The Day We Said Goodbye

March 31, 2009
By Carrie Minnich BRONZE, Bryant, Indiana
Carrie Minnich BRONZE, Bryant, Indiana
1 article 0 photos 0 comments

I woke up early that June morning
The sun already beating down
Showing signs of yet another scorcher
It seemed to be an ordinary summer day
However, it was quite the contrary

It was the day of Andrew’s funeral
Andrew, a Marine and hero of sorts
One who fought for his country
And died for his country
The day would be marked with sadness
Yet appreciation would fill the hearts of many

The high school parking lot is filled
Hundreds have made the journey
Bikers, each holding an American flag, line the sidewalk
Each step seems to get harder and harder to take
Upon entering, the atmosphere is implacable

Countless are already seated
Staring in silence toward the front of the gymnasium
Andrews closed casket is there, a flag draped over it
Seated in front are Andrew’s family and closest friends
The harshness of reality manifests in their faces
A row of Marines sits attentively to the side

The ceremony begins with music
Instantly the tears come
Tears that nobody bothers to wipe away
The pastor speaks about putting our trust in God
How we may not know why he took Andrew so early
But he had a reason for our heartache

Several others make their way to the podium
Family members of Andrew’s, his fiancé
Even his superiors from training have come
They all talk of Andrew in the highest degree
Telling stories from his youth, and the times they shared
They speak about Andrew’s sense of humor
His pride, passions, love for his family and friends
But most of all, his love for his country

This part of the funeral has concluded
Those Andrew knew the best carry his casket out
The rest of us slowly and quietly file out
His casket is placed in the hearse
Attendees make their way to their cars to join the procession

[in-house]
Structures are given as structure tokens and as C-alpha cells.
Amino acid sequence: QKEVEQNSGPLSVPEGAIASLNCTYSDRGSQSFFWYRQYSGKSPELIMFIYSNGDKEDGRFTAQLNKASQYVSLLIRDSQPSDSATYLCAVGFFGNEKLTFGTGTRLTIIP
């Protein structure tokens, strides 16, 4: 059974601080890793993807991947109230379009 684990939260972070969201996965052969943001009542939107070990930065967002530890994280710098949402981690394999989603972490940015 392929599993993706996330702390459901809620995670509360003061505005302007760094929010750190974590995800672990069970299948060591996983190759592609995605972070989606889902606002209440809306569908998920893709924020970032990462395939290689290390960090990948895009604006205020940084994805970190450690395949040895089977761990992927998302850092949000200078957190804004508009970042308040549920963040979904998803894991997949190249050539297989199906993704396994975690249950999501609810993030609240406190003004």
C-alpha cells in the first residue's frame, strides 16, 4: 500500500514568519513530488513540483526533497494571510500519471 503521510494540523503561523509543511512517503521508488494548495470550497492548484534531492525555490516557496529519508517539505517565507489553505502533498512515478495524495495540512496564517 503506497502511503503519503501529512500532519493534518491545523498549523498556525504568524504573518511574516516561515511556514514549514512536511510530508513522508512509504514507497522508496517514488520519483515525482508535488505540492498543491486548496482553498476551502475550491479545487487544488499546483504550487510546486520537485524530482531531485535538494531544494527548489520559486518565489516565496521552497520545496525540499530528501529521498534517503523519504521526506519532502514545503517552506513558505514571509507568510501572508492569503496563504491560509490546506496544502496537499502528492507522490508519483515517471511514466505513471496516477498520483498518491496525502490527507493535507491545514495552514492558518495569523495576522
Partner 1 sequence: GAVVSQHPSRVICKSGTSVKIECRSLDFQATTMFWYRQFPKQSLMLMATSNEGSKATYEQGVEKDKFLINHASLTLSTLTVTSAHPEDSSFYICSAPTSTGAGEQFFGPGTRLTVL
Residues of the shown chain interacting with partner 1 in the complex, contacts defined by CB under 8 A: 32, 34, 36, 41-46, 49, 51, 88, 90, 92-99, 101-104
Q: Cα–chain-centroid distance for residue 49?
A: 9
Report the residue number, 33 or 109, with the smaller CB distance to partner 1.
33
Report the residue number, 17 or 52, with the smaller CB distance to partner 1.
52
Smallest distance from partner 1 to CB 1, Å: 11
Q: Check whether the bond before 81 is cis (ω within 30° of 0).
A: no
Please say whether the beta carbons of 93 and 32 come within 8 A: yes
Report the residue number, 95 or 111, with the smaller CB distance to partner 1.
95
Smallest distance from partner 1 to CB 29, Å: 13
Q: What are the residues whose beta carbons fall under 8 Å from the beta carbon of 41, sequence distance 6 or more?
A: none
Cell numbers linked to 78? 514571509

It is over a hundred cars long and seems to stretch forever

The procession makes it way through towns
Streets are lined with thousands of people
Most of who did not know Andrew
But still feel indebted to him
Factories and business are briefly shut down
Business and homemade signs stand numerous

The cemetery is filled to capacity
Vehicles line not only the driveways but the roads as well
The casket is placed in the shade under the tiny tent
Mourners gather around to be as close as possible
Nobody pays any attention to how hot it is

Once again the pastor talks of Andrew
Attempting to bring close to all
He shares Christmas stories of Andrew and his father’s hat games
It somehow lightens the mood if only for a few seconds

In the background, a bugle begins to sound
A Marine stands tall while playing the Taps
That is the hardest moment of the day
It seems to prove that a life has indeed been lost
Shots ring out, the 21 Gun Salute
Each shot pierces our hearts, like it is shooting us instead
Marines begin to fold the flag draping the casket
They make it seem like an art form, each fold is exact
Each of Andrew’s parents is presented with a folded flag

After a few more words, the ceremony ends
Yet many do not leave right away
Instead, arms are outstretched and wrapped around one another
People line up to give their condolences one last time to the family
When people do leave, it is with heavy hearts
It somehow feels wrong to leave such a young man in a place like that
To leave his family and friends there
Even after the whole day, it is as if reality has yet to set in

That was the day a community said goodbye to a hero
Andrew, a son, friend, fiancé
A hero fighting for what he believed in
But one we never really had a chance to say goodbye to

Similar Articles


This article has 0 comments.

Swoon Reads

Aspiring Writer? Take Our Online Course!